Figure 11 presents the comparison of the global distribution of the annual mean SSR in 2009 between our retrievals and the ISCCP-FD SSR product. From the figure, it can be seen that the global distribution for our SSR estimate based on the ISCCP-HXG cloud products is almost the same as that of the ISCCP-FD SSR product, but the spatial resolution of our estimate is far higher than that of ISCCP-FD. There is no doubt that we can get more details that the coarse resolution product ISCCP-FD can not capture. For example, the region of high SSR clearly identified over the Tibetan Plateau by our estimate (Fig. 11a) is barely discernible in the ISCCP-FD-derived data (Fig. 11b). The high values are mainly from around the Equator and the low latitudes, and the low values are mainly from over the high latitudes and the Arctic and Antarctic regions. This phenomenon is primarily determined by the solar elevation angle. In addition, the relatively high values are also found over the Bolivian Plateau, the Tibetan Plateau and other high-altitude regions due to less radiative extinction over high altitudes.

5 Data availability

The 16-year dataset of global SSR is available at the National Tibetan Plateau Data Center (, Tang, 2019), Institute of Tibetan Plateau Research, Chinese Academy of Sciences.

6 Conclusions and future work

This study produced a 16-year (2000–2015) global dataset of SSR (with resolutions of 3 h and 10 km) based on recently updated ISCCP H-series cloud products, new ERA5 reanalysis data and MODIS albedo and aerosol products with a physically based scheme. The retrieved SSR dataset was evaluated globally with observations collected at BSRN and CMA radiation stations. Validation against observations collected at BSRN showed that the MBE and RMSE were −11.5 and 113.5 W m−2 for the instantaneous SSR estimates, and −6.1 and 38.0 W m−2 for the daily SSR estimates, but their accuracies clearly improved when upscaled to more than 30 km. For example, the RMSEs decreased to 93.4 and 33.1 W m−2 when our estimates were upscaled to 90 km. Validation against observations collected at CMA indicated that our estimates of daily and monthly SSR produced RMSE values of 32.4 and 16.3 W m−2, respectively, but these values decreased to 26.9 and 14.9 W m−2 when our estimates were upscaled to 90 km. Comparisons with other global satellite SSR products indicated that the accuracies of our SSR estimates were clearly higher than those of GEWEX-SRB, ISCCP-FD and CERES products.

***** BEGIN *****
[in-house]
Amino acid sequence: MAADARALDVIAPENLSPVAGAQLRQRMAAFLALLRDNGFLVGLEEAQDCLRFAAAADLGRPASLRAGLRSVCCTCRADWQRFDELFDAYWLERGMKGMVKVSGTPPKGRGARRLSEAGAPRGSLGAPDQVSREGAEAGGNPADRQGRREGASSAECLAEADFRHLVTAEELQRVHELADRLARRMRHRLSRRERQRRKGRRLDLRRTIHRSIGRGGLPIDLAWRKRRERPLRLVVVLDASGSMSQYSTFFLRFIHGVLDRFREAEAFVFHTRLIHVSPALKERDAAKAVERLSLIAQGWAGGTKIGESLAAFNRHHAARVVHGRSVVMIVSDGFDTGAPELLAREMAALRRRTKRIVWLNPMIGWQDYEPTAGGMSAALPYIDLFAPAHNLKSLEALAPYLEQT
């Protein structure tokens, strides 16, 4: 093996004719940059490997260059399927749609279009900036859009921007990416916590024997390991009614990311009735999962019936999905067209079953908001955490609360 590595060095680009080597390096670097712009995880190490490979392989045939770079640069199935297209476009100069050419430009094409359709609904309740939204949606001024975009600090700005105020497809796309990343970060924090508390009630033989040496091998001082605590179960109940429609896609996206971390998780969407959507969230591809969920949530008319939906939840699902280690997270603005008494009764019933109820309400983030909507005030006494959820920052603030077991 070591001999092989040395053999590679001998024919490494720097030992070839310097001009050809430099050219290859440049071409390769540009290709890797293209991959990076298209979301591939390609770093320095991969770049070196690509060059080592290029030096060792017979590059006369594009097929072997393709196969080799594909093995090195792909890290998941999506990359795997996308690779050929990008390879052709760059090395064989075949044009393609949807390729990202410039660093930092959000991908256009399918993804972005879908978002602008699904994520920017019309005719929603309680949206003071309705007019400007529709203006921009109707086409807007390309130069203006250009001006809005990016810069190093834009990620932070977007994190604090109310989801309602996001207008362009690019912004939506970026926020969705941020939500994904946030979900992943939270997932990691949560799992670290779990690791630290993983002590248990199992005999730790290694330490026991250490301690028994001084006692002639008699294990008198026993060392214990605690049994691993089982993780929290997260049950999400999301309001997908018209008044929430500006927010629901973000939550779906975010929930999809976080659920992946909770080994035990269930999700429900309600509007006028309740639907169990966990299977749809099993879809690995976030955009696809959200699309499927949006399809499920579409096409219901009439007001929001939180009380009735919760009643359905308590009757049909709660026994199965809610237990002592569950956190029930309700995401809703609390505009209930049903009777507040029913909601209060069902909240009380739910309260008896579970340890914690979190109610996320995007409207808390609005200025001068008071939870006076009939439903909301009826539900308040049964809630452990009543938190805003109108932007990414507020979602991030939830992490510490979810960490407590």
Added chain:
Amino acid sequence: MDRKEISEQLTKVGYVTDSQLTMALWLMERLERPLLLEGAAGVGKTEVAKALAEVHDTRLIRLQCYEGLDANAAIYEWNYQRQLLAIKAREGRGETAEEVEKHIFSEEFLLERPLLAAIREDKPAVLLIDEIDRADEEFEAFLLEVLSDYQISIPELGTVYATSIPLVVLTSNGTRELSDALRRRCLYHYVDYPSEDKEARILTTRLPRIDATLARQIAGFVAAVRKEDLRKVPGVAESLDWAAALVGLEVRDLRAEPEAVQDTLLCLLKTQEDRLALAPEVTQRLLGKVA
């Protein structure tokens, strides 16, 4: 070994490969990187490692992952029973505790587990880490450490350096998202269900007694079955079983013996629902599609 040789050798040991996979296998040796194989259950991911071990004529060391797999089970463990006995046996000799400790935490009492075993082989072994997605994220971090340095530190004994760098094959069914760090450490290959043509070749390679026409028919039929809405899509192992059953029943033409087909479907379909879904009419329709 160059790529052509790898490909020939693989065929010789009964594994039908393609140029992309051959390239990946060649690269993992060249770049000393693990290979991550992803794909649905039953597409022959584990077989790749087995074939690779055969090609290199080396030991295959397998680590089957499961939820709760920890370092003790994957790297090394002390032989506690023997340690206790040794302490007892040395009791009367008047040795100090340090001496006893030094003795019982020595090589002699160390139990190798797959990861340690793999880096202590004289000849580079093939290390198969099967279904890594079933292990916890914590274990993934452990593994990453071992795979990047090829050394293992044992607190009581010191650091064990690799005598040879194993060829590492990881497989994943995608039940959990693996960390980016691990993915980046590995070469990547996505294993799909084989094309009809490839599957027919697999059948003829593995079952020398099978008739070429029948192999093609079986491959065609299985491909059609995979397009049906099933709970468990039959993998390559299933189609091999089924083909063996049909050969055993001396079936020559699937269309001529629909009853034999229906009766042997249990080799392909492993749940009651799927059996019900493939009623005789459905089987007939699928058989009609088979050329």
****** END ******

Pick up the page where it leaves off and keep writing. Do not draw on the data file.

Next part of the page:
The spatial resolution and accuracy of the new dataset are both higher than those of the global satellite radiation products of GEWEX-SRB, ISCCP-FD and CERES and will contribute to photovoltaic applications and research related to simulation of land surface processes. When reliable global aerosol and albedo datasets become available, we intend to expand our dataset of SSR estimates back to mid-1983. We also plan to expand the dataset beyond 2015 by using SSR estimates from new-generation geostationary satellites.

Author contributions

All authors discussed the results and contributed to the paper. WT calculated the dataset, analyzed the results, and drafted the paper.

Competing interests

The authors declare that they have no conflict of interest.


The CMA radiation station data were obtained from the National Meteorological Information Center (NMIC), and the ISCCP-HXG cloud products were obtained from the NOAA's National Centers for Environmental Information (NCEI). The ERA5 reanalysis data and MODIS albedo and aerosol data were downloaded from official websites (, last access: 10 July 2019 and, last access: 10 July 2019). The authors would like to thank the Baseline Surface Radiation Network (BSRN) observation teams for their maintenance work.

Financial support

This work was supported by the National Key Research and Development Program of China (grant nos. 2018YFA0605400 and 2017YFA0603604), the National Natural Science Foundation of China (grant nos. 41671372), the Youth Innovation Promotion Association CAS (no. 2017100), the 13th Five-Year Informatization Project of the Chinese Academy of Sciences (grant no. XXH13505-06), and the Strategic Priority Research Program of the Chinese Academy of Sciences (grant no. XDA20100102).

Review statement

This paper was edited by Yasuhiro Murayama and reviewed by Guanghui Huang and one anonymous referee.


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Short summary
This study produced a 16-year (2000–2015) global surface solar radiation dataset (3 h, 10 km) based on recently updated ISCCP H-series cloud products with a physically based retrieval scheme. Its spatial resolution and accuracy are both higher than those of the ISCCP-FD, GEWEX-SRB and CERES. The dataset will contribute to photovoltaic applications and research related to the simulation of land surface processes.